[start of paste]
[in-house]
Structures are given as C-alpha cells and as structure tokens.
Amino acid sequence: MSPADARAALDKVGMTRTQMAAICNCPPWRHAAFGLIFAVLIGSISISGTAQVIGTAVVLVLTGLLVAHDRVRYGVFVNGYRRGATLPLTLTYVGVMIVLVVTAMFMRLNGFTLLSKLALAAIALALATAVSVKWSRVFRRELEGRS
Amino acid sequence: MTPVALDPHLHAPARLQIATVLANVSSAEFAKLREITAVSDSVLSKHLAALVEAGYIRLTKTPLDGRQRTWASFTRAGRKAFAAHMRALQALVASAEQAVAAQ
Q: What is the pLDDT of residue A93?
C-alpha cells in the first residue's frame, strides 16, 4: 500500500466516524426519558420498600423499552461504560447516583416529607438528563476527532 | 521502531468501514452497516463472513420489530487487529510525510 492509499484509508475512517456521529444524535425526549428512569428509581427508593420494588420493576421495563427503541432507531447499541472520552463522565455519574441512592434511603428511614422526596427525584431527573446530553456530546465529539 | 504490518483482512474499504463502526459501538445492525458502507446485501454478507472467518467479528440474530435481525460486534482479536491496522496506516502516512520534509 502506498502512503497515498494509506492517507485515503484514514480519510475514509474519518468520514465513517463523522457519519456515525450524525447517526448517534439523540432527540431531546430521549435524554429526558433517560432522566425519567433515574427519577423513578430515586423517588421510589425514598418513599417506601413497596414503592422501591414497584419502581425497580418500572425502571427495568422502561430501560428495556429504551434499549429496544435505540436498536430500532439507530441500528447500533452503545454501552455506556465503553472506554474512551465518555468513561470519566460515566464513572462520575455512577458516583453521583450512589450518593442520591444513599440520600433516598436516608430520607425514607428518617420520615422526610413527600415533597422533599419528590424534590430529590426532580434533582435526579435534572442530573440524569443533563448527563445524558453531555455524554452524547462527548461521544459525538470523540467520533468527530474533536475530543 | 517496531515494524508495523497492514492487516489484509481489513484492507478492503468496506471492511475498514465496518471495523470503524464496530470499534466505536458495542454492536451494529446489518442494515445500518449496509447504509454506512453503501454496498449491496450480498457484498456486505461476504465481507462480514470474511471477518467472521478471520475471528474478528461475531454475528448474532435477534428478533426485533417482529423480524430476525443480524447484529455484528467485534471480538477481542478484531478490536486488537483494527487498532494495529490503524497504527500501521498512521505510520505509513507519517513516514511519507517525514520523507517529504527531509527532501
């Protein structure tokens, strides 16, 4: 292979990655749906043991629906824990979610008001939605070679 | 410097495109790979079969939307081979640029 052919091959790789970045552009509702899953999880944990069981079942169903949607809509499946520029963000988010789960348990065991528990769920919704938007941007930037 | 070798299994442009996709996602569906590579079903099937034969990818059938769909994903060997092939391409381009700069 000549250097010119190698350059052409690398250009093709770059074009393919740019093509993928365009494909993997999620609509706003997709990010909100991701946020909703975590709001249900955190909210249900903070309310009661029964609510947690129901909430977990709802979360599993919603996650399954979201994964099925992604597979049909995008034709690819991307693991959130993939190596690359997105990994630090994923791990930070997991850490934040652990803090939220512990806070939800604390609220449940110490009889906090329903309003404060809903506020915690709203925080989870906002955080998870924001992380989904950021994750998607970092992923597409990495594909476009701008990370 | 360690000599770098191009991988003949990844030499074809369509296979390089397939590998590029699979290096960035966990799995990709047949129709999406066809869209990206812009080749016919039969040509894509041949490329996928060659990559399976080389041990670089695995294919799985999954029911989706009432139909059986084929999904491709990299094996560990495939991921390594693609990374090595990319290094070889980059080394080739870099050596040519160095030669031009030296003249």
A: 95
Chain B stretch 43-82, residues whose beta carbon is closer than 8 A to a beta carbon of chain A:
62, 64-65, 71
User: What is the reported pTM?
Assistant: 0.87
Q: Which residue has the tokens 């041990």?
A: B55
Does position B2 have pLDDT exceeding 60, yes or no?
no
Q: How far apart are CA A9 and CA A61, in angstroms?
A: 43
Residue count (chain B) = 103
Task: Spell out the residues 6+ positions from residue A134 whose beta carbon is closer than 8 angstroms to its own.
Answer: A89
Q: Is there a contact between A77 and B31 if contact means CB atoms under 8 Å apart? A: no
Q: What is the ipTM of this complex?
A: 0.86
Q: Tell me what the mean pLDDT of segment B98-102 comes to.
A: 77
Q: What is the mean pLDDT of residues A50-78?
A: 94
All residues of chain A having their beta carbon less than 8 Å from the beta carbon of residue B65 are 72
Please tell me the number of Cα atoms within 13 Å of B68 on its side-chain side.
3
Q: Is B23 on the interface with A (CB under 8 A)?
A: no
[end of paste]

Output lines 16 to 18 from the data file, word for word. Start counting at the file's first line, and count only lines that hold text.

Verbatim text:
no
Q: How far apart are CA A9 and CA A61, in angstroms?
A: 43